A home inspector is essential to the home buying process, so it is very important that you take your time and select the right person for the job.
Many people receive recommendations about home inspectors from friends, family members, and real estate professionals, while others use consumer websites like Angie’s List, Yelp, Merchant Circle, Kudzu, and Google Local to find the right home inspector.
Regardless of how you find your home inspector, you must be sure to vet them properly before you give them the task of
inspecting your home. Here are some important qualifications to look for once you have found someone to consider.
1. Formal education and training. While many states require home inspectors to have a bachelors degree in a related field, not all states have this requirement. Colorado home inspectors, for example, do not need any sort of training whatsoever. Literally anyone can hang a shingle and call themselves a home inspector. Therefore, before you hire an inspector, you are entitled to request a resume from them that describes their education and training. If they don’t have a degree in Engineering – or some specific home inspection training – you may want to keep looking.
2. Experience. Although experienced home inspectors can be slightly more expensive in some cases, they are usually worth price. New home inspectors that have only been working for a few years may have the formal education, but not the experience that really solidifies their knowledge. Try to find a home inspector that has 10 or more years of experience in the field. They will have a better idea of what to really look for, not to mention the fact that bad inspectors don’t tend to stay in business over the long haul.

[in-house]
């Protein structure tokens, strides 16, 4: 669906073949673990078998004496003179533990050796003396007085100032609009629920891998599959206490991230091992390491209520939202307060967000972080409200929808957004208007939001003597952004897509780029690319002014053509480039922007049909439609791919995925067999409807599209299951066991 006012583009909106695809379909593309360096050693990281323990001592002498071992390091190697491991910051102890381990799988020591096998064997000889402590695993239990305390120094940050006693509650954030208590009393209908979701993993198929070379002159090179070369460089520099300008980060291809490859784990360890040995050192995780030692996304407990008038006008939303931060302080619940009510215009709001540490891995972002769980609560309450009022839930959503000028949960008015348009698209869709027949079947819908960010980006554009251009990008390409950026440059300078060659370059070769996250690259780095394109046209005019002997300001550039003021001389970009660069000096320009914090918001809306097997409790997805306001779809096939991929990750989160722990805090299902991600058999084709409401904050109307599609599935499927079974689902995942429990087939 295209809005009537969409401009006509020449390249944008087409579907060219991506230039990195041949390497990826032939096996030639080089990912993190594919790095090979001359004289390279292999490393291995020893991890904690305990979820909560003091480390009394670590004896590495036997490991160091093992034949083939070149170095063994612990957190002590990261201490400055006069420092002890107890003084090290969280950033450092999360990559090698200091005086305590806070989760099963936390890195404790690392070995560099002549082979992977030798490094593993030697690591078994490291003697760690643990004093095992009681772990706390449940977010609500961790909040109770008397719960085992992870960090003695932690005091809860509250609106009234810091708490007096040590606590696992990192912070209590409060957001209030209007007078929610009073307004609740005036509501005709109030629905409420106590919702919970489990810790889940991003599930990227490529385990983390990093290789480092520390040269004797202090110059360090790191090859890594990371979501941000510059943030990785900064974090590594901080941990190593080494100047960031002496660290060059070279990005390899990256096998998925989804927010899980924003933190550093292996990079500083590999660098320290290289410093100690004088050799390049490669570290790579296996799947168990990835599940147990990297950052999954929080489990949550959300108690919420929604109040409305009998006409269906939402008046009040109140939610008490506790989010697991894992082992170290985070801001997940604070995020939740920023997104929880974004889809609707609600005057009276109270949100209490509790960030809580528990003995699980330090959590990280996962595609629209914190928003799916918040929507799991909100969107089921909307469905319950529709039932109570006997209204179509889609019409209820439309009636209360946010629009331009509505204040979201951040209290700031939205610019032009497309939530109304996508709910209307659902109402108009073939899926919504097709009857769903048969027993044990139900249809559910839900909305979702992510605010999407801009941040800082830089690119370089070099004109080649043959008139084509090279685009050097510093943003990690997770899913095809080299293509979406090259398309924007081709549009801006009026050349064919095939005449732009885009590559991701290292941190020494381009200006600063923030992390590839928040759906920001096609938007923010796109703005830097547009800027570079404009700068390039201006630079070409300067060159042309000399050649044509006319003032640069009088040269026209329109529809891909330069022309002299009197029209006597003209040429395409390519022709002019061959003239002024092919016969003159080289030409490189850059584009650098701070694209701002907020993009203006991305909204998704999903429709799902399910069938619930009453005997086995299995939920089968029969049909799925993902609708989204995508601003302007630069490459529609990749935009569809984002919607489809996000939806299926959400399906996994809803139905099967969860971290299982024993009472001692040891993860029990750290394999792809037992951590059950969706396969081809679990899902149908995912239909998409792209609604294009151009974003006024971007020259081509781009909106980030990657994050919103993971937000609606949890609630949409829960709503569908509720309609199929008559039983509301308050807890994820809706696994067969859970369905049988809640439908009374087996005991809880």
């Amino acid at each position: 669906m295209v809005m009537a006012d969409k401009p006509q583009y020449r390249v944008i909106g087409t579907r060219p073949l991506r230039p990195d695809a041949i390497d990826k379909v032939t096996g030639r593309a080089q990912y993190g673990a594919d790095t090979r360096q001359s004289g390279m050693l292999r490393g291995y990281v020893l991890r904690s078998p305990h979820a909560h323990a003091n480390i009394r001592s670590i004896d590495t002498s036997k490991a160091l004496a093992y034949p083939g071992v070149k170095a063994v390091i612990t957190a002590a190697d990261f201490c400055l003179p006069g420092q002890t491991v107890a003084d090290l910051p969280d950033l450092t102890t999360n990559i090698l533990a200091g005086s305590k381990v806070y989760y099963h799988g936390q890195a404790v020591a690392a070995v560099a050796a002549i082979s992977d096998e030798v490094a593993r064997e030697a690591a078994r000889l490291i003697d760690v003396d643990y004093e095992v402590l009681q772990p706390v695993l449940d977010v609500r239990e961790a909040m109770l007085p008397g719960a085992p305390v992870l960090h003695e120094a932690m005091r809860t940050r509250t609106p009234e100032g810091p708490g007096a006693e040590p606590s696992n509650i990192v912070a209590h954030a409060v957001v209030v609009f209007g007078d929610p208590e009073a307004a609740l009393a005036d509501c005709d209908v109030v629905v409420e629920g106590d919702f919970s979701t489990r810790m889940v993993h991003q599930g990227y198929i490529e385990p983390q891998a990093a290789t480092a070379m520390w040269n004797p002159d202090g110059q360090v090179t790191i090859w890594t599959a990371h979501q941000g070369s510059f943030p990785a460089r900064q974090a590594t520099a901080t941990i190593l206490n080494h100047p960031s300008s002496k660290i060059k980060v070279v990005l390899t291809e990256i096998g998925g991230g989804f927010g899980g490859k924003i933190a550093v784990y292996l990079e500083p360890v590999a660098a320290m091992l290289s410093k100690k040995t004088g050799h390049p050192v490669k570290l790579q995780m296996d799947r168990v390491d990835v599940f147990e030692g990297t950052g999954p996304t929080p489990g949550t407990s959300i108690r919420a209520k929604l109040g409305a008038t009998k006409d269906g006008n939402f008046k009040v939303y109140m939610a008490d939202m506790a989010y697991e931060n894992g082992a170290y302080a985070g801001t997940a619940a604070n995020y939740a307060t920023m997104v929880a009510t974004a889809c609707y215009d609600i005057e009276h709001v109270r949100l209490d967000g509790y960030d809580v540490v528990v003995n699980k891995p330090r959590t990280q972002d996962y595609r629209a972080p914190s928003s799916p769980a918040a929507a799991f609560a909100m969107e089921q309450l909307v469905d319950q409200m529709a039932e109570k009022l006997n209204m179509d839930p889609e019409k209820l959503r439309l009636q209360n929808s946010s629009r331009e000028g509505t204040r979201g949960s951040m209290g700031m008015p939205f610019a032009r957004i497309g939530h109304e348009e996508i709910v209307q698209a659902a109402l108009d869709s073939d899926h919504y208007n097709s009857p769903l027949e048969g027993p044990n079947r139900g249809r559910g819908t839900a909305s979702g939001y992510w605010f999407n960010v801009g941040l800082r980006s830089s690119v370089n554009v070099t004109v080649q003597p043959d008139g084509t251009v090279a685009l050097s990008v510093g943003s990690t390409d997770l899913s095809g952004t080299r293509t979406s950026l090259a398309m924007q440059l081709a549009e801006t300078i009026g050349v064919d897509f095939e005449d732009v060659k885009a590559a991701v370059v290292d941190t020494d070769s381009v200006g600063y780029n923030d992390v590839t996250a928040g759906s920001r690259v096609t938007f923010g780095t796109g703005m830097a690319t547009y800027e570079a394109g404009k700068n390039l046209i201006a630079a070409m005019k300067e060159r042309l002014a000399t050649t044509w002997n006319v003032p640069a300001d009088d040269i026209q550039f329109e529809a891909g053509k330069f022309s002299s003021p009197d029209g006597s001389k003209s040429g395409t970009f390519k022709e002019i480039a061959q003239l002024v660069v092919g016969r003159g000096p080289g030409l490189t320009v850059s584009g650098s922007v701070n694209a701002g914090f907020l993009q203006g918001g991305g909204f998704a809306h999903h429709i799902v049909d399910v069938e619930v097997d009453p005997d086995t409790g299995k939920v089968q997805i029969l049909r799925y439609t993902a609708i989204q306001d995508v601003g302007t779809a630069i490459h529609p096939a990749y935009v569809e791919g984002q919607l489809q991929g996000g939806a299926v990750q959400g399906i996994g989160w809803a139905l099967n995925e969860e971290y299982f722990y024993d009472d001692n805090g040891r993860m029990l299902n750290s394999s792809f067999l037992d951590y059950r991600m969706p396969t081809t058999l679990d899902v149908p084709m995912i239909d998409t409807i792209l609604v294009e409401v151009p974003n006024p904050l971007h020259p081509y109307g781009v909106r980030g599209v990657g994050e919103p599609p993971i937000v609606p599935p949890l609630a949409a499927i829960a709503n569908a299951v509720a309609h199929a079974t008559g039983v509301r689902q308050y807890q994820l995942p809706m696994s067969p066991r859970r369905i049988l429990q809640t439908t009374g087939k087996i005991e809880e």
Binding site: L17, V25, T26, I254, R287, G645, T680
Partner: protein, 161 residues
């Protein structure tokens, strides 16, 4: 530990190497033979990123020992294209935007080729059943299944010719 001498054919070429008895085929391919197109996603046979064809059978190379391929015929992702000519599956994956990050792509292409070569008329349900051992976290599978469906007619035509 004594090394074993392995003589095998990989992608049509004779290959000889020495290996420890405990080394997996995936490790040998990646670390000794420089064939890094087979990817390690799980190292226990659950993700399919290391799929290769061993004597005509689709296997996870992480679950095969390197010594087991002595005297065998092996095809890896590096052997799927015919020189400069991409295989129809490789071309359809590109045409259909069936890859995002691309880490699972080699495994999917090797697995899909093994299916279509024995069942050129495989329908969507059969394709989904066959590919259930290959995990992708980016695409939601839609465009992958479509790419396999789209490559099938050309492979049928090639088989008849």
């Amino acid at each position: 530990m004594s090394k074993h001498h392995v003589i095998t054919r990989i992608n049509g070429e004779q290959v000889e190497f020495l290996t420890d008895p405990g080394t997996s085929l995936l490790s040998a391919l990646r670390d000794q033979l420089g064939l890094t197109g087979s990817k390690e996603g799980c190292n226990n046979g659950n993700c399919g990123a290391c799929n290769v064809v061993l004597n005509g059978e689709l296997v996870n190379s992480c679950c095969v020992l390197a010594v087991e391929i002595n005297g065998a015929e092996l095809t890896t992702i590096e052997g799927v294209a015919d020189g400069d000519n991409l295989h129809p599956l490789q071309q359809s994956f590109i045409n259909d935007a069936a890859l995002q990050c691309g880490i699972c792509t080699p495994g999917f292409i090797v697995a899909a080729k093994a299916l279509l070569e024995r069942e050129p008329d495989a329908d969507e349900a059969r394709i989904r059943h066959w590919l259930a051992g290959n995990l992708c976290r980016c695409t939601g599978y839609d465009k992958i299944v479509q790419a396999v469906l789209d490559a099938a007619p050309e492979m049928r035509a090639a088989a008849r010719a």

3. License and insurance. Depending on the state, home inspectors may or may not need to be licensed. In states that require licensing, the inspector should be able to demonstrate that their license is current. Always check this and never take their word for it because there are some unscrupulous home inspectors that operate without the proper licenses.
Also, just as important, make sure your home inspector is insured. Insurance is a sign of a company that takes their business seriously – fly by night inspectors are much less likely to invest in insurance coverage.
4. Price. Never select a home inspector just because they are cheap. Instead, look at the entire package and consider their experience, credentials, and referrals before you hire them. Most of the time you will have to pay a little bit more to get an experienced home inspector, but they are usually well worth the cost because they can really pay off in the end. Think about it this way – paying an extra $200 for a home inspection represents one tenth of one percent of the cost of a $200,000 home. It’s a small price to pay when you’re making such a major investment.
5. Detailed reports. Any respectable home inspector will provide you with a detailed written report that outlines all of the maintenance and repair issues with the home. It should not be a simple checklist sheet (a checklist is only part of an inspection) – you should be able to receive a complete overview of the house just by reading the inspector’s report.
Finding the right home inspector can be difficult at times, but it is certainly worthwhile. A conscientious inspector can literally put money into your pocket – don’t cut corners by hiring the cheapest inspector you can find.
Author Jason Lancaster works with Home Inspection Engineers, Inc., a Denver-area home inspection service that has been in business since 1965.